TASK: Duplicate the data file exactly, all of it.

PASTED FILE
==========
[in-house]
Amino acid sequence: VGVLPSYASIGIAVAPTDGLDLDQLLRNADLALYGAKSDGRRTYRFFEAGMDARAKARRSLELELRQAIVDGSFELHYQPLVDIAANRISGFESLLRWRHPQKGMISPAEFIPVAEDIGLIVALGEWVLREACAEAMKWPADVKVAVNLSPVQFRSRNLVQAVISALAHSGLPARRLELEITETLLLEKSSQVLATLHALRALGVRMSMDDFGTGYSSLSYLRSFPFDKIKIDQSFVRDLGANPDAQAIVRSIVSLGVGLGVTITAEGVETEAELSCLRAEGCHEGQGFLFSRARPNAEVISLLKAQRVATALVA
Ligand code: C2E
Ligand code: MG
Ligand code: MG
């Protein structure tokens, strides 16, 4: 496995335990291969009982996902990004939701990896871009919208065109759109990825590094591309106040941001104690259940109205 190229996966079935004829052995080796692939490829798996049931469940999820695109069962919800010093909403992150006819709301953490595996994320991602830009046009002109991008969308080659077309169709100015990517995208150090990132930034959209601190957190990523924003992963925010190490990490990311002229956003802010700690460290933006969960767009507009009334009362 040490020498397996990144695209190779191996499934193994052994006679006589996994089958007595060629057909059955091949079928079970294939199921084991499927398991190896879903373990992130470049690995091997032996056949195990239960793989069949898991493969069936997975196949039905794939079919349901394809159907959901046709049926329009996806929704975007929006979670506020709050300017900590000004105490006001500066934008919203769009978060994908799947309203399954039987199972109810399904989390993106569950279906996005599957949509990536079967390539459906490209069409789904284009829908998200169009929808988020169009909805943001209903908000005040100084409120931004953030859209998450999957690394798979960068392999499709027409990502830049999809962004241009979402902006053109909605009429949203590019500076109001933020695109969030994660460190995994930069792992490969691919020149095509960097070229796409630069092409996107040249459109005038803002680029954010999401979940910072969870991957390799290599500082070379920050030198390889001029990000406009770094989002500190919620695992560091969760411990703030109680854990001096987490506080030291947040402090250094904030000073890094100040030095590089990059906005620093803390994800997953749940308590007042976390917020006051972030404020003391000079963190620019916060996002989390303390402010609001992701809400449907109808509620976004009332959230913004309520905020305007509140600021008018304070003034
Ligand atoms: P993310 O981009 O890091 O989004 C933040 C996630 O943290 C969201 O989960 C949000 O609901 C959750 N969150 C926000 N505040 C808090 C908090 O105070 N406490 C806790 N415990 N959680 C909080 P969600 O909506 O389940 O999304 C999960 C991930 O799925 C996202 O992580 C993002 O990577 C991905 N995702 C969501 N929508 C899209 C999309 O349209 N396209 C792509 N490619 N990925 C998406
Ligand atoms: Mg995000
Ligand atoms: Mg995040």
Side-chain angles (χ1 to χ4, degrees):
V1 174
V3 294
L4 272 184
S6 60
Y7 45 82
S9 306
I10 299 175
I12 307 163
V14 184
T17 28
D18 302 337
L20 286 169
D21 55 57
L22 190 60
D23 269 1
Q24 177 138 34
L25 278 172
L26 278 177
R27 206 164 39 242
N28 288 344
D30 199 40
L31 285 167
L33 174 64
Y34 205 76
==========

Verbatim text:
[in-house]
Amino acid sequence: VGVLPSYASIGIAVAPTDGLDLDQLLRNADLALYGAKSDGRRTYRFFEAGMDARAKARRSLELELRQAIVDGSFELHYQPLVDIAANRISGFESLLRWRHPQKGMISPAEFIPVAEDIGLIVALGEWVLREACAEAMKWPADVKVAVNLSPVQFRSRNLVQAVISALAHSGLPARRLELEITETLLLEKSSQVLATLHALRALGVRMSMDDFGTGYSSLSYLRSFPFDKIKIDQSFVRDLGANPDAQAIVRSIVSLGVGLGVTITAEGVETEAELSCLRAEGCHEGQGFLFSRARPNAEVISLLKAQRVATALVA
Ligand code: C2E
Ligand code: MG
Ligand code: MG
């Protein structure tokens, strides 16, 4: 496995335990291969009982996902990004939701990896871009919208065109759109990825590094591309106040941001104690259940109205 190229996966079935004829052995080796692939490829798996049931469940999820695109069962919800010093909403992150006819709301953490595996994320991602830009046009002109991008969308080659077309169709100015990517995208150090990132930034959209601190957190990523924003992963925010190490990490990311002229956003802010700690460290933006969960767009507009009334009362 040490020498397996990144695209190779191996499934193994052994006679006589996994089958007595060629057909059955091949079928079970294939199921084991499927398991190896879903373990992130470049690995091997032996056949195990239960793989069949898991493969069936997975196949039905794939079919349901394809159907959901046709049926329009996806929704975007929006979670506020709050300017900590000004105490006001500066934008919203769009978060994908799947309203399954039987199972109810399904989390993106569950279906996005599957949509990536079967390539459906490209069409789904284009829908998200169009929808988020169009909805943001209903908000005040100084409120931004953030859209998450999957690394798979960068392999499709027409990502830049999809962004241009979402902006053109909605009429949203590019500076109001933020695109969030994660460190995994930069792992490969691919020149095509960097070229796409630069092409996107040249459109005038803002680029954010999401979940910072969870991957390799290599500082070379920050030198390889001029990000406009770094989002500190919620695992560091969760411990703030109680854990001096987490506080030291947040402090250094904030000073890094100040030095590089990059906005620093803390994800997953749940308590007042976390917020006051972030404020003391000079963190620019916060996002989390303390402010609001992701809400449907109808509620976004009332959230913004309520905020305007509140600021008018304070003034
Ligand atoms: P993310 O981009 O890091 O989004 C933040 C996630 O943290 C969201 O989960 C949000 O609901 C959750 N969150 C926000 N505040 C808090 C908090 O105070 N406490 C806790 N415990 N959680 C909080 P969600 O909506 O389940 O999304 C999960 C991930 O799925 C996202 O992580 C993002 O990577 C991905 N995702 C969501 N929508 C899209 C999309 O349209 N396209 C792509 N490619 N990925 C998406
Ligand atoms: Mg995000
Ligand atoms: Mg995040």
Side-chain angles (χ1 to χ4, degrees):
V1 174
V3 294
L4 272 184
S6 60
Y7 45 82
S9 306
I10 299 175
I12 307 163
V14 184
T17 28
D18 302 337
L20 286 169
D21 55 57
L22 190 60
D23 269 1
Q24 177 138 34
L25 278 172
L26 278 177
R27 206 164 39 242
N28 288 344
D30 199 40
L31 285 167
L33 174 64
Y34 205 76